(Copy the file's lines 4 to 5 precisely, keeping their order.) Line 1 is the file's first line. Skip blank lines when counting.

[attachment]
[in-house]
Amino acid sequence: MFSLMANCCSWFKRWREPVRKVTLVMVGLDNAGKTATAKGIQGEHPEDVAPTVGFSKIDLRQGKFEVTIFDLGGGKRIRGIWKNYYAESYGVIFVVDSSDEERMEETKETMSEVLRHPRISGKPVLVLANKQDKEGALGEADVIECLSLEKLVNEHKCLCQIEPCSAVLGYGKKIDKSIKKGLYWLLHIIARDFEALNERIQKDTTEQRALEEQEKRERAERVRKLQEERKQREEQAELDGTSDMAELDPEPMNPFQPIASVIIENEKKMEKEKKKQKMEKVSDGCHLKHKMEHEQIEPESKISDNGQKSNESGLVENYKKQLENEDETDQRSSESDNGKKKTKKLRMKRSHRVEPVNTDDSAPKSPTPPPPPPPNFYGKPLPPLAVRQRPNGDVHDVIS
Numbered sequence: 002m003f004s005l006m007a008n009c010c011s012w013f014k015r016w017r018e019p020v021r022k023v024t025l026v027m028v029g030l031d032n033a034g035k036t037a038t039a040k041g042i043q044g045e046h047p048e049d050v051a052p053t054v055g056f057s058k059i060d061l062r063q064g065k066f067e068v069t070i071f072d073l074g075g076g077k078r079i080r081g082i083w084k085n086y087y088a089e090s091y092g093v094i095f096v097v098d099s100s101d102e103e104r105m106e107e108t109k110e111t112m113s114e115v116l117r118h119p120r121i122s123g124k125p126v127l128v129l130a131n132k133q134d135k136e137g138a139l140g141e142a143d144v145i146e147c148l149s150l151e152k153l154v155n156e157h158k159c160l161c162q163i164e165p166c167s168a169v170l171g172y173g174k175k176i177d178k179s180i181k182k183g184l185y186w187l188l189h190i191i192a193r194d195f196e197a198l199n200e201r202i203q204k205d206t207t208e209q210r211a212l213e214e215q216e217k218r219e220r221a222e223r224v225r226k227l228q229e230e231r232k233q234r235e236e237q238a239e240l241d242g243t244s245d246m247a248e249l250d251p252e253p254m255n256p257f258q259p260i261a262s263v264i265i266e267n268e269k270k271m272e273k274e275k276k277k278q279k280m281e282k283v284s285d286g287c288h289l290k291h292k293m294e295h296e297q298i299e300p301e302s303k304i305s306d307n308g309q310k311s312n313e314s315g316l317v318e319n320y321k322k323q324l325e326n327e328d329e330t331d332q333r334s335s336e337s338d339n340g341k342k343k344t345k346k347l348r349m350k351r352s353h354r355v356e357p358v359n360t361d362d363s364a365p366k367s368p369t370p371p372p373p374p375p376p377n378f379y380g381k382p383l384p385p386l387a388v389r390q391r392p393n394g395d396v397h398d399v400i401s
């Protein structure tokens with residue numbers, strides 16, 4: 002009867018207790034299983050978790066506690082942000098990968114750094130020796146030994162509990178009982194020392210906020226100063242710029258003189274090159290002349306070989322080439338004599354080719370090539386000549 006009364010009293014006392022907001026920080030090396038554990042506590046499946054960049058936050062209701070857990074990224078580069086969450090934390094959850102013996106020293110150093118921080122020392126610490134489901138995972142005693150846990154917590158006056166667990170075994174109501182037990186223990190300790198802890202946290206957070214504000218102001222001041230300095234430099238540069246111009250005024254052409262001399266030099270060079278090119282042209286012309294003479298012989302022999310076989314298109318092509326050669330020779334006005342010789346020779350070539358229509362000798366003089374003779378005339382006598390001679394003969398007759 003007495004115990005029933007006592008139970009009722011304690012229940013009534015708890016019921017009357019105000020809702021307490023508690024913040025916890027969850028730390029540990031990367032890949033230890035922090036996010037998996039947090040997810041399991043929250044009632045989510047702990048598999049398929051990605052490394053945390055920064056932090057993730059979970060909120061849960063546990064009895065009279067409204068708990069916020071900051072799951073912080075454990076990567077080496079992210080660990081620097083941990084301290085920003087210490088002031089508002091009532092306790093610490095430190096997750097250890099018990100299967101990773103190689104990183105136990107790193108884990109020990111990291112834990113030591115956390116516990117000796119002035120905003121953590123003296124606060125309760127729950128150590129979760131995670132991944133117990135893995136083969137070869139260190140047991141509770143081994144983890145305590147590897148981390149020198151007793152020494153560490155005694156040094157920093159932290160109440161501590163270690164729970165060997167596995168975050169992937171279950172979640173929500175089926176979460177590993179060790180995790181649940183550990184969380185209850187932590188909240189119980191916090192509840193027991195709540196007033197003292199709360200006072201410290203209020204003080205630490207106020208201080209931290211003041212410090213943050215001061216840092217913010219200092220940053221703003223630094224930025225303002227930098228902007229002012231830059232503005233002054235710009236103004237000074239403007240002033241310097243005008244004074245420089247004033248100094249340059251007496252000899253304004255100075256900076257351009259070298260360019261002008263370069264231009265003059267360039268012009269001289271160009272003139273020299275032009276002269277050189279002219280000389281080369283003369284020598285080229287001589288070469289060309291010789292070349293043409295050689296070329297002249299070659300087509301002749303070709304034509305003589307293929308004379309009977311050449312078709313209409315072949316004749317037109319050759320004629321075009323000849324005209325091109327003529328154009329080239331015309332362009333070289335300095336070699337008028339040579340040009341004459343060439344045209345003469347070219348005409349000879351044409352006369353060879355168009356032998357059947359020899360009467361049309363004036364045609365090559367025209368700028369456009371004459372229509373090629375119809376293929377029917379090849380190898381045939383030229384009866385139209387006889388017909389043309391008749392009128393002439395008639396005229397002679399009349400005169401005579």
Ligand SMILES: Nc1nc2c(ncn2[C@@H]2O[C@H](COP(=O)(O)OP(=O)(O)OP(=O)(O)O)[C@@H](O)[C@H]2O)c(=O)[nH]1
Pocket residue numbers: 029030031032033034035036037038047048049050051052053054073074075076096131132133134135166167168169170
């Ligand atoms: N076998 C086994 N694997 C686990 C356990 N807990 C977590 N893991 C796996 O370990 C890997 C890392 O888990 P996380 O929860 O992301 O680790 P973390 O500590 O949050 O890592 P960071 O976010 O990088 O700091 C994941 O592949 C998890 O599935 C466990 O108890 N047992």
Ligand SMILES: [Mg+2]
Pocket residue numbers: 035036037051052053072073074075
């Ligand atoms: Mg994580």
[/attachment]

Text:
């Protein structure tokens with residue numbers, strides 16, 4: 002009867018207790034299983050978790066506690082942000098990968114750094130020796146030994162509990178009982194020392210906020226100063242710029258003189274090159290002349306070989322080439338004599354080719370090539386000549 006009364010009293014006392022907001026920080030090396038554990042506590046499946054960049058936050062209701070857990074990224078580069086969450090934390094959850102013996106020293110150093118921080122020392126610490134489901138995972142005693150846990154917590158006056166667990170075994174109501182037990186223990190300790198802890202946290206957070214504000218102001222001041230300095234430099238540069246111009250005024254052409262001399266030099270060079278090119282042209286012309294003479298012989302022999310076989314298109318092509326050669330020779334006005342010789346020779350070539358229509362000798366003089374003779378005339382006598390001679394003969398007759 003007495004115990005029933007006592008139970009009722011304690012229940013009534015708890016019921017009357019105000020809702021307490023508690024913040025916890027969850028730390029540990031990367032890949033230890035922090036996010037998996039947090040997810041399991043929250044009632045989510047702990048598999049398929051990605052490394053945390055920064056932090057993730059979970060909120061849960063546990064009895065009279067409204068708990069916020071900051072799951073912080075454990076990567077080496079992210080660990081620097083941990084301290085920003087210490088002031089508002091009532092306790093610490095430190096997750097250890099018990100299967101990773103190689104990183105136990107790193108884990109020990111990291112834990113030591115956390116516990117000796119002035120905003121953590123003296124606060125309760127729950128150590129979760131995670132991944133117990135893995136083969137070869139260190140047991141509770143081994144983890145305590147590897148981390149020198151007793152020494153560490155005694156040094157920093159932290160109440161501590163270690164729970165060997167596995168975050169992937171279950172979640173929500175089926176979460177590993179060790180995790181649940183550990184969380185209850187932590188909240189119980191916090192509840193027991195709540196007033197003292199709360200006072201410290203209020204003080205630490207106020208201080209931290211003041212410090213943050215001061216840092217913010219200092220940053221703003223630094224930025225303002227930098228902007229002012231830059232503005233002054235710009236103004237000074239403007240002033241310097243005008244004074245420089247004033248100094249340059251007496252000899253304004255100075256900076257351009259070298260360019261002008263370069264231009265003059267360039268012009269001289271160009272003139273020299275032009276002269277050189279002219280000389281080369283003369284020598285080229287001589288070469289060309291010789292070349293043409295050689296070329297002249299070659300087509301002749303070709304034509305003589307293929308004379309009977311050449312078709313209409315072949316004749317037109319050759320004629321075009323000849324005209325091109327003529328154009329080239331015309332362009333070289335300095336070699337008028339040579340040009341004459343060439344045209345003469347070219348005409349000879351044409352006369353060879355168009356032998357059947359020899360009467361049309363004036364045609365090559367025209368700028369456009371004459372229509373090629375119809376293929377029917379090849380190898381045939383030229384009866385139209387006889388017909389043309391008749392009128393002439395008639396005229397002679399009349400005169401005579």
Ligand SMILES: Nc1nc2c(ncn2[C@@H]2O[C@H](COP(=O)(O)OP(=O)(O)OP(=O)(O)O)[C@@H](O)[C@H]2O)c(=O)[nH]1